Apr. 13, 2022
Healthcare beds play an important role in the rehabilitation and care of patients, so it is important to choose the right healthcare bed for the patient's medical needs. However, the difference between a hospital bed and a nursing home bed or long-term care bed is not well understood by the public.
While both hospital beds and long-term care beds are designed to maximize healing, comfort, ergonomics, and mobility while minimizing the risk of falls, they meet different medical needs and patients depending on whether they require inpatient or outpatient care or palliative or rehabilitative care.
Here we will explain the differences between the two types of beds and how to choose the right one for your specific needs.
Long-term Care Bed
A hospital bed is a bed specifically designed to meet the needs of inpatients. Their special function serves a dual purpose; patient comfort and health care provider convenience.
Their unique feature is that they can be raised or lowered from the head as well as the feet of the bed. Raising the bed at the head, commonly known as the Fowler’s position, allows the patient to sit up straight. Beds with raised feet elevate the patient's lower extremities, which may be a requirement for certain medical conditions.
Hospital beds also have adjustable side rails that can prevent patients from falling out of bed or allow them to get in and out of bed easily by adjusting the rails. Some hospital beds are also equipped with a built-in control panel on the side rails or headboard that allows patients or medical staff to adjust the bed without having to manually do so. The control panel can also be used to control other elements in the room, such as the TV, air conditioning, fans, or lighting.
Most hospital beds also have lockable wheels that make it easy to move the bed around the room or facility for treatment.
Long-term Care Bed
A long-term care bed is exactly what the name implies: a bed designed for long-term care. Long-term care beds are commonly used in nursing homes, palliative care facilities, assisted living centers, rehabilitation centers, and nursing homes.
They are used for patients who have fully recovered from a hospital discharge or for patients who do not require emergency medical care but are still unable to move around or perform daily functions such as eating and bathing on their own. These patients need a different type of bed to meet their specific needs and conditions, and that's where long-term care beds come in.
Long-term care beds or nursing home beds are available in different sizes depending on the patient's height, weight, and body type. These beds also have special high/low features that can raise them higher off the floor or lower them to just a few inches off the floor. This is especially helpful for patients with dementia or other mental health conditions.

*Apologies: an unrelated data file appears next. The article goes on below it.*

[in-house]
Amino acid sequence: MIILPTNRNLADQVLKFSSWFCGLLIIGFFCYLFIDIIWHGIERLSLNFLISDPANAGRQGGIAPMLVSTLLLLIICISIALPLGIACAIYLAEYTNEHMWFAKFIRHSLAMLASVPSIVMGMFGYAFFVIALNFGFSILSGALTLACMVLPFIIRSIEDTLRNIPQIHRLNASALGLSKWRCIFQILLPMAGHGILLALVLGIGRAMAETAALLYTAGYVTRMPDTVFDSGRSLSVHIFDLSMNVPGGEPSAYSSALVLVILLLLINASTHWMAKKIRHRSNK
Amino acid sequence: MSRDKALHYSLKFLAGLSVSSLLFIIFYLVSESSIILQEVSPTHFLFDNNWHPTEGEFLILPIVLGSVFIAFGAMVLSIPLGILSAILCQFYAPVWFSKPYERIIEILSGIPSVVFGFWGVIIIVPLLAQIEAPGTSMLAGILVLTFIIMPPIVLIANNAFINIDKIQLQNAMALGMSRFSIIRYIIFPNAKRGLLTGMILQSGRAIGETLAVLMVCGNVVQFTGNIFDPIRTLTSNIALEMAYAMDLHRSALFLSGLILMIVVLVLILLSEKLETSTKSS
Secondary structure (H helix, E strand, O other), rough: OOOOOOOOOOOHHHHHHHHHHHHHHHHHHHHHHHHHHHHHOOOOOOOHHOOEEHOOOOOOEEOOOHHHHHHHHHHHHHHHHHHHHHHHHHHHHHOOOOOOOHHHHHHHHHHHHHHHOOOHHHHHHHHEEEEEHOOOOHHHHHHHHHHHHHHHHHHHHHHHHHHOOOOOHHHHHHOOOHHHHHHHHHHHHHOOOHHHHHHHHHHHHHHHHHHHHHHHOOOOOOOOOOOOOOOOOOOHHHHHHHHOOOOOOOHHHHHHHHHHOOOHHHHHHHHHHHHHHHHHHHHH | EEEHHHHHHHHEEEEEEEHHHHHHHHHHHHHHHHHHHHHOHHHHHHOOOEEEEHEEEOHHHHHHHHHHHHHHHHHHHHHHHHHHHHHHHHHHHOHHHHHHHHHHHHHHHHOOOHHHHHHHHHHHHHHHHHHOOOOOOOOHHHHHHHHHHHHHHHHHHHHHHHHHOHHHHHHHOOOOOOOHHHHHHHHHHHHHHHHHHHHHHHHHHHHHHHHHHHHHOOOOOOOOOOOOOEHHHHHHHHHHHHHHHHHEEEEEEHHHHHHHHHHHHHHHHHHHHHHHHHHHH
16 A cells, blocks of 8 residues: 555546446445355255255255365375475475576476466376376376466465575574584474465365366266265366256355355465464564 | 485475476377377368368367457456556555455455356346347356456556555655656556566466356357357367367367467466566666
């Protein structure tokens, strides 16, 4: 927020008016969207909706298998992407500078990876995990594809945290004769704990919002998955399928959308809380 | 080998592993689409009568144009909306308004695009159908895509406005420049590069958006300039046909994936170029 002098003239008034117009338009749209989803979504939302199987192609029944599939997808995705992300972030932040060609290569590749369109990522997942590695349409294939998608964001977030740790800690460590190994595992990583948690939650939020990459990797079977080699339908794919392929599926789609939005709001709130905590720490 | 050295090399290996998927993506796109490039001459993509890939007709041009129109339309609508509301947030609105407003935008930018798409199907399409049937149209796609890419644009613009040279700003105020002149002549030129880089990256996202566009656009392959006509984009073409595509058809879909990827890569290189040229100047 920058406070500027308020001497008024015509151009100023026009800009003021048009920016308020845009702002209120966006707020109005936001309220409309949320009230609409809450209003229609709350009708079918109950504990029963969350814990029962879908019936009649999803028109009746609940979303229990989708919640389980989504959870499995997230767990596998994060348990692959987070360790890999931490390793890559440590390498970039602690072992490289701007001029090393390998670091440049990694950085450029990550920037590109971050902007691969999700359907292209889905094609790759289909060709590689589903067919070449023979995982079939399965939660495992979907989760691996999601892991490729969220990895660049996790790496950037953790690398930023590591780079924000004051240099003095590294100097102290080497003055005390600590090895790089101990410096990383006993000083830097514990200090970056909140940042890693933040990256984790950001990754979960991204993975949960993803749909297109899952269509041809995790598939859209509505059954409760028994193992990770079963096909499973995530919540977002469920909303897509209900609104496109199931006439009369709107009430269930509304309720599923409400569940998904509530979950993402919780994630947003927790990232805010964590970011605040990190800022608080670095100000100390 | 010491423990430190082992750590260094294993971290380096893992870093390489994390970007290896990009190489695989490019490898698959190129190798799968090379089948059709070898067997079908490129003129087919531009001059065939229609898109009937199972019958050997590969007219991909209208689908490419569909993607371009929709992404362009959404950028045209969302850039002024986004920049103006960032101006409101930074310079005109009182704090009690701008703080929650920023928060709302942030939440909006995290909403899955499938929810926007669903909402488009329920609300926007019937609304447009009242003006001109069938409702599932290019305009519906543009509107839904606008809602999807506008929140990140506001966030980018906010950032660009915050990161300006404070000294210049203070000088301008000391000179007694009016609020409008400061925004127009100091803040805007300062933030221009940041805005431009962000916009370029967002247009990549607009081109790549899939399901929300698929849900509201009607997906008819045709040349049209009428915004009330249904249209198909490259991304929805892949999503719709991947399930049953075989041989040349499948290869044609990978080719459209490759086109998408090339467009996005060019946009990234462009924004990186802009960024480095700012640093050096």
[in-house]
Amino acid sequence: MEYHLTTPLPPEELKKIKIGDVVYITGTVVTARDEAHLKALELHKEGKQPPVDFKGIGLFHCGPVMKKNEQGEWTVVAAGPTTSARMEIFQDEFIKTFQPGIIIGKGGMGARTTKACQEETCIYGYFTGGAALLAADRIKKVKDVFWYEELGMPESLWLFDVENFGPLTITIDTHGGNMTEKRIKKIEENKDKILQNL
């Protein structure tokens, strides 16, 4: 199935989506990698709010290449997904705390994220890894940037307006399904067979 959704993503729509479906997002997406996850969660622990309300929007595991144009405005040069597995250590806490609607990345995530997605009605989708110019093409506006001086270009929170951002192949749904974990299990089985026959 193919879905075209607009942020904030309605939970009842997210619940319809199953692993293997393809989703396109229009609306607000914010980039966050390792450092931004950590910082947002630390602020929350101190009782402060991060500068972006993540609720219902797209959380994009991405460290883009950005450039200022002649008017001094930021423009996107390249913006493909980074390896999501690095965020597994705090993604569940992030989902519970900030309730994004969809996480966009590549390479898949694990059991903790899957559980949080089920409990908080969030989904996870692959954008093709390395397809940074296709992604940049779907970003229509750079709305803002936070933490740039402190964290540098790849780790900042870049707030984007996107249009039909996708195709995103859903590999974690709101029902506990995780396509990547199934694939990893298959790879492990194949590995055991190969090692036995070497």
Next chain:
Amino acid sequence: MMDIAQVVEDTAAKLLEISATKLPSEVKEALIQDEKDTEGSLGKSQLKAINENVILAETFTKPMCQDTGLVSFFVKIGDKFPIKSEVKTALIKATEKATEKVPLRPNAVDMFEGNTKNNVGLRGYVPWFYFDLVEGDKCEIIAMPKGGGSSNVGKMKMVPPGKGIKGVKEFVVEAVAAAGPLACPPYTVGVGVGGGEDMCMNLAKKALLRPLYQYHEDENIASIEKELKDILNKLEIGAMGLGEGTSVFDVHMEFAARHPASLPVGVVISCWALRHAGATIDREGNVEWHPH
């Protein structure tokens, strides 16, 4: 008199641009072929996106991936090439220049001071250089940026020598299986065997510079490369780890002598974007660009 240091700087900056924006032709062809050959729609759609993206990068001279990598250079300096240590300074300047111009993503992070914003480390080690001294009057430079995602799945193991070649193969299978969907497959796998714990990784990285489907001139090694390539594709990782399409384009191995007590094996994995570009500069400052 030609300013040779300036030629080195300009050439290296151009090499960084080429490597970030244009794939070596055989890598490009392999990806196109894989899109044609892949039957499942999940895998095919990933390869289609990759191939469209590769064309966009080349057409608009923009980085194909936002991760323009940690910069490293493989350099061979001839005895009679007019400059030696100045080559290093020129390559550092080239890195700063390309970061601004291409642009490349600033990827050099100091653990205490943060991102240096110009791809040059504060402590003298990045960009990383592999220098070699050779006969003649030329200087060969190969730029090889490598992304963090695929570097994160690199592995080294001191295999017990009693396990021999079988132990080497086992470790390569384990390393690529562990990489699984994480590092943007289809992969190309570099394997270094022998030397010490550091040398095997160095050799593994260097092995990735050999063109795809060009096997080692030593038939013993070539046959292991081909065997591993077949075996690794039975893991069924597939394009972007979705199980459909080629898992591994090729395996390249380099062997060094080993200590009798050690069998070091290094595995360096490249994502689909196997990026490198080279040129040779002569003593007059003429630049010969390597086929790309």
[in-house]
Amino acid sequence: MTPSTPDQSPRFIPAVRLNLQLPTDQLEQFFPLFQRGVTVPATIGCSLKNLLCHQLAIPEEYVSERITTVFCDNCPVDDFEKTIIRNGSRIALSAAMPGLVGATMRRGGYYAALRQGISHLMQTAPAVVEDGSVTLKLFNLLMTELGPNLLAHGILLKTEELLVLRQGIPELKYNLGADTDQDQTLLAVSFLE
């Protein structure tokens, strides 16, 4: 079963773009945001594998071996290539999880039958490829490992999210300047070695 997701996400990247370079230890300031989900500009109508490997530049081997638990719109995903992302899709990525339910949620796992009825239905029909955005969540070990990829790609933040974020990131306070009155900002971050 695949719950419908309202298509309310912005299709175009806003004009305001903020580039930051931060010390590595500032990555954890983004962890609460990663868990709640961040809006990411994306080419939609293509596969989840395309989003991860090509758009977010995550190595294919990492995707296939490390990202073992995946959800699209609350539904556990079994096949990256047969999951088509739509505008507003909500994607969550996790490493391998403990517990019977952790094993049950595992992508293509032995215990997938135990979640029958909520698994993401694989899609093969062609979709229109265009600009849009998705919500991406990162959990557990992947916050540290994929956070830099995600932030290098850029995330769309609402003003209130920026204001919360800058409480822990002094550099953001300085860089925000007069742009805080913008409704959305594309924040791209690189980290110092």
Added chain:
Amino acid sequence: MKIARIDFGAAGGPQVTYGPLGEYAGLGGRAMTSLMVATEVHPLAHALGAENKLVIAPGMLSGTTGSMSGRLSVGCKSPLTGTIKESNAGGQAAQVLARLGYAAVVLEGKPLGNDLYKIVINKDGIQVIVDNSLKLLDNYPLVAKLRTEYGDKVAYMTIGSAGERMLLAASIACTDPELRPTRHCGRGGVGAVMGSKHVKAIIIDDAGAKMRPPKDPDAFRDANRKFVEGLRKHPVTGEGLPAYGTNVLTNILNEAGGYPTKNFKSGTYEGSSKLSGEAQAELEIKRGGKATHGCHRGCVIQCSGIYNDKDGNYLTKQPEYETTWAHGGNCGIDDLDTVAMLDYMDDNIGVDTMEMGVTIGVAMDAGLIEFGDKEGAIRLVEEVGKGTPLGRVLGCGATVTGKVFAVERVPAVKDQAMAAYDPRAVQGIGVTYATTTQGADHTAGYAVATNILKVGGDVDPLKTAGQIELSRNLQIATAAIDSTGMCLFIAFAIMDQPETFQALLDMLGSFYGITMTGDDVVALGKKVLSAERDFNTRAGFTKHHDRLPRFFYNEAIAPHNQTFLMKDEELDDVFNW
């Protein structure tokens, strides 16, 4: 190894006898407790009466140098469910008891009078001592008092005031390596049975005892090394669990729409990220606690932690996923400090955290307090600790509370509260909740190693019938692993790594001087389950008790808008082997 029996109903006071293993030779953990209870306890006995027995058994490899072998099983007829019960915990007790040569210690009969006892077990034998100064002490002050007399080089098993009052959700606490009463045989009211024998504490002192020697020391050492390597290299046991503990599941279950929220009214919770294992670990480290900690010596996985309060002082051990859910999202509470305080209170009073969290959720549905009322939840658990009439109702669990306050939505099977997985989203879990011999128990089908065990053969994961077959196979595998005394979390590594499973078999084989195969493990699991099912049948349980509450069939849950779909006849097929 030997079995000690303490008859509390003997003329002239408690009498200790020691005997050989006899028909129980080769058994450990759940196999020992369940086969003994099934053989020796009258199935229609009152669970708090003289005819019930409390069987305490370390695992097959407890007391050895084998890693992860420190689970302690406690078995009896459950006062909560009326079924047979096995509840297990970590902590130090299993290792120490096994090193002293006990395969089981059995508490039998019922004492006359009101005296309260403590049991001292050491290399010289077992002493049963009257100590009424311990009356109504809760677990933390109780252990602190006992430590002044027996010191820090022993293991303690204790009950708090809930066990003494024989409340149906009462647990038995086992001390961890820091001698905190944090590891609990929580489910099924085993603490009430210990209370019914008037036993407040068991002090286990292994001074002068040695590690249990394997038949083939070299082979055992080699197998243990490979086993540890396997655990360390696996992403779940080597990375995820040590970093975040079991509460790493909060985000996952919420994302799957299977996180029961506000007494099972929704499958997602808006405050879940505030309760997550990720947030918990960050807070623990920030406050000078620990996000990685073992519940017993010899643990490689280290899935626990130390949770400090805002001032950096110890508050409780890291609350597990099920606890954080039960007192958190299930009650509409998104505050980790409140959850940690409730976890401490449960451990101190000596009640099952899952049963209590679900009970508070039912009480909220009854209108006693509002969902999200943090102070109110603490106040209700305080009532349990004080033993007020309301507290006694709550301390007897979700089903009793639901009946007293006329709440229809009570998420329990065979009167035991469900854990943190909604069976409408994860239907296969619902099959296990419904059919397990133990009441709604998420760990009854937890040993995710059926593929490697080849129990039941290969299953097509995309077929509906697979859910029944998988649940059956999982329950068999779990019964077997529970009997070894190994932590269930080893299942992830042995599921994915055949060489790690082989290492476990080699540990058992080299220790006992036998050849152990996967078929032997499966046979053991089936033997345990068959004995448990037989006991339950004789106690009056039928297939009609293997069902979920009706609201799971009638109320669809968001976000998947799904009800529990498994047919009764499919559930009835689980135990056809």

The genteel Long-term care bed is equipped with a wall guard and side rail. Turning and rotating could be adjustable electrically. Long-term care bed functions are operated with a 12-button hand pendant including the function of head up and down, foot up and down, bed deck up and down, side roll-over, chair rotation, and light on/off.
Nursing home beds can also be customized with accessories such as custom mattresses, soft-touch rails, lighting, headboards, and more for the convenience of patients and caregivers.
View more information about the best long-term care bed, click here.
There are many differences between hospital beds and nursing home beds or long-term care beds that make them suited for different purposes and needs. As the name implies, the main difference is that hospital beds are used for inpatient care or outpatient care, while the latter is used in long-term care facilities such as nursing homes, but there are also significant differences in their construction, design, functionality, and customization.
Nursing home beds can also be customized using a variety of bed accessories, whereas hospital beds are not as easy to customize. This makes nursing home beds more suitable for long-term medical care because they can provide a higher level of safety, comfort, and ergonomics for patients and caregivers. The high/low feature or height adjustability of long-term care beds also sets them apart from hospital beds, which do not typically have this feature.
Long-term Care Beds
By now, you should have understood the main differences between hospital beds and nursing home beds or long-term care beds, and who they benefit from. Hospital beds are more suitable for patients who require medical procedures or emergency medical care, while nursing home beds are suitable for patients who require long-term palliative care and assisted living or even short-term rehabilitation care.
Nursing home beds are also more appropriate for patients with obesity and chronic physical or cognitive impairments or injuries (e.g., spinal cord injury, dementia, etc.) because they need to be height adjustable to facilitate getting in and out of bed as well as large and small beds to move around comfortably. Nursing home beds also easily accommodate children as they are also available in small sizes, making these beds suitable for all ages.
Deciding whether you need a hospital bed or a long-term care bed can be daunting. But we hope our handy guide will help you choose the right medical bed for your purposes and get the best care and comfort you need.
Genteel is a professional manufacturer dedicated to the design, development, and production of rehabilitation medical equipment, specializing in rollators, walkers, patient lifts, shower chairs, home-care beds, and crutches. If you still need help, Genteel is always here to support you, contact us for a free consultation and get the support you need from our team of experts.